Delete the preferences file:
If this still doesn't work try recompiling the program from source (run, ant run) --Jonasfromseier 17:09, 6 May 2013 (UTC)
Many modern macs come with an old JDK 1.6 or earlier. Make sure JDK 8 is installed and paste
'/Library/Internet Plug-ins/JavaAppletPlugin.plugin/Contents/Home/bin/java' -jar ~/apertium-viewer.jar
into the terminal
Getting, compiling and running apertium-viewer from source
Check out the source code (Netbeans project) from https://github.com/apertium/apertium-viewer.
git clone https://github.com/apertium/apertium-viewer cd apertium-viewer ant run
To run it's easiest just to type 'ant run' or use Netbeans to compile. You might need to specify where to look for JDK, like:
ant -Dplatforms.default_platform.home=/usr run
You need a copy of http://wiki.apertium.org/wiki/Lttoolbox-java (put lttooolbox.jar in lib/ or link the projects)
See development in https://github.com/apertium/apertium-viewer/commits/master
- Even if a file is saved, the editor sometimes still warns about unsaved changes
- Create a dedicated lexer (see http://jflex.de/) for our dictionary format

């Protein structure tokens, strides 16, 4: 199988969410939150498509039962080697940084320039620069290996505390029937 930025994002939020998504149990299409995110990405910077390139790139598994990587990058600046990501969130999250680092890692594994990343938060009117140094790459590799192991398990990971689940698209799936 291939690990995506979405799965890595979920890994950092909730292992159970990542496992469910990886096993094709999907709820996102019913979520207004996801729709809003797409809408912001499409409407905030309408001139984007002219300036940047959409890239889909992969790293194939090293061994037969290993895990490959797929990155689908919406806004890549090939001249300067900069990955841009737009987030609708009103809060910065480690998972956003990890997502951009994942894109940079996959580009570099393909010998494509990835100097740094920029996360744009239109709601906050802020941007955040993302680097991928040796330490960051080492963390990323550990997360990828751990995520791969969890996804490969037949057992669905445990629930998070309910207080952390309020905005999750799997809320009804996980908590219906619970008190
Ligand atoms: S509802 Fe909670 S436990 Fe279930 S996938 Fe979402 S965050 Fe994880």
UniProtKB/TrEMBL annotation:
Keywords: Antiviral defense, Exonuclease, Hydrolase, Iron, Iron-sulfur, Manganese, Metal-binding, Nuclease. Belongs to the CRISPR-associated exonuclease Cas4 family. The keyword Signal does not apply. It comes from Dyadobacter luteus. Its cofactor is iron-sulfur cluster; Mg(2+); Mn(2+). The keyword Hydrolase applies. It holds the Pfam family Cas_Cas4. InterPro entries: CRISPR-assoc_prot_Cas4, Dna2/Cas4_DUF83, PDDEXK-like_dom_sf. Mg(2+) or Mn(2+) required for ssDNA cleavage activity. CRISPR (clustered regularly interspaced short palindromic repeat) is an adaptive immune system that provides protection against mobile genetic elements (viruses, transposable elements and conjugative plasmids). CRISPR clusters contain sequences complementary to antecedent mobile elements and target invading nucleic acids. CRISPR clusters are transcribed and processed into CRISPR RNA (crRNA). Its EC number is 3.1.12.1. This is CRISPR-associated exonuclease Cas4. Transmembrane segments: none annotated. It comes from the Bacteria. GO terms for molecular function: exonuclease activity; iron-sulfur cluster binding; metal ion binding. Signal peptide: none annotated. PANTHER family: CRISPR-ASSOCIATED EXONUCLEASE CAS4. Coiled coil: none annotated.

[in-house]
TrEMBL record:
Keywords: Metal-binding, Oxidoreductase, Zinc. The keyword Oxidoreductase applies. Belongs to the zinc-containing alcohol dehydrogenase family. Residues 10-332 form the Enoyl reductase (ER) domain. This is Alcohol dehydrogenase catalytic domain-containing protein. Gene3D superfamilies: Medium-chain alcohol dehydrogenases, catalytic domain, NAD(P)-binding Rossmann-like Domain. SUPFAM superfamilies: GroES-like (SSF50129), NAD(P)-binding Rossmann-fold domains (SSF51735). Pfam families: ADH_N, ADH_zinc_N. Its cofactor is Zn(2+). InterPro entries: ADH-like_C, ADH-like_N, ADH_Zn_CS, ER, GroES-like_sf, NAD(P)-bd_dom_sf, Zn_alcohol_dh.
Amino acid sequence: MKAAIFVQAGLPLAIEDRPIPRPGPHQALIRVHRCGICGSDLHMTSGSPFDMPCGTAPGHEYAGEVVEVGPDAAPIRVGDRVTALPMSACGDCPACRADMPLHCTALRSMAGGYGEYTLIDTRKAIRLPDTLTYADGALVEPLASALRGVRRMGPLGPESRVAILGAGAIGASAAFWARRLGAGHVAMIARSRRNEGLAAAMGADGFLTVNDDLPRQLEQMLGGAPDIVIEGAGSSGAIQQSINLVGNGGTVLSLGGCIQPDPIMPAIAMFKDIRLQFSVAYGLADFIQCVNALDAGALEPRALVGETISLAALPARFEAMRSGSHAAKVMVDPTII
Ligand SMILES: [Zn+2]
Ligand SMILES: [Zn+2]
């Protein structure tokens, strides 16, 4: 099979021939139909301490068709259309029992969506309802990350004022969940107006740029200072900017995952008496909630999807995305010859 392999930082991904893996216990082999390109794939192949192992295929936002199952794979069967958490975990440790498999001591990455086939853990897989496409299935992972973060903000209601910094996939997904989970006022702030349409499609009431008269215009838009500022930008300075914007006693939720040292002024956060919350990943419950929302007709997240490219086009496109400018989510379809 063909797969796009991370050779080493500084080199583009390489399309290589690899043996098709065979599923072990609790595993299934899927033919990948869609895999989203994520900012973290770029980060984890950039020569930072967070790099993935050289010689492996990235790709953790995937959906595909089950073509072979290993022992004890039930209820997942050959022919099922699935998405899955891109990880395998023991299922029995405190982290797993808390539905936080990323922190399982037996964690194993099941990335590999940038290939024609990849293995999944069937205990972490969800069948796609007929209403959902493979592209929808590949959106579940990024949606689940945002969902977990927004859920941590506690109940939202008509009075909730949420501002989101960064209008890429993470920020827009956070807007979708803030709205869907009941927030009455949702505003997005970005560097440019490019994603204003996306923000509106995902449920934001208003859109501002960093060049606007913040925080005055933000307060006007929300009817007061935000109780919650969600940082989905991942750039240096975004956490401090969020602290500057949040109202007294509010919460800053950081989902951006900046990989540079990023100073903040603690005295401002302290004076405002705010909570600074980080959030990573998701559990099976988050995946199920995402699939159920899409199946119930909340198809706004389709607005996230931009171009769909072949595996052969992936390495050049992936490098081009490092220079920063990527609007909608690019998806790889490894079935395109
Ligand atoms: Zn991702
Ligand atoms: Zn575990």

- Polish the editor, create better autocompletion
- Integrate tools from apertium-dixtools
- If it can't auto-find the source, maybe it could ask for (and store) the location of the source? (Should probably also be editable for the auto-found sources, in case it finds the wrong file.). Most of the time I find the files, and if not I try some 'desperate searches' using wildcards. I'll do a select list of I get to the 'desperate' step and remember the decision. The problem is, what if the user chooses the wrong file?
I would also need an option to select another file..
- If I use Ctrl-F to search a word, and then click in the editor with the mouse, I jump back to where I was before searching
Please report bugs to https://github.com/apertium/apertium-viewer/issues
- Apertium-view is a simpler version of the same program and coded in Python instead of Java and requires dbus and that you install your language pairs.
- Apertium-view.sh is a short shell script that just displays output from all parts of the pipeline, no interactive features
- Apertium-tolk is similar to, but much simpler than Apertium-viewer. It only has an input window and an output window. Where Apertium-viewer is aimed at developers, Apertium-tolk is intended to be as user friendly as possible.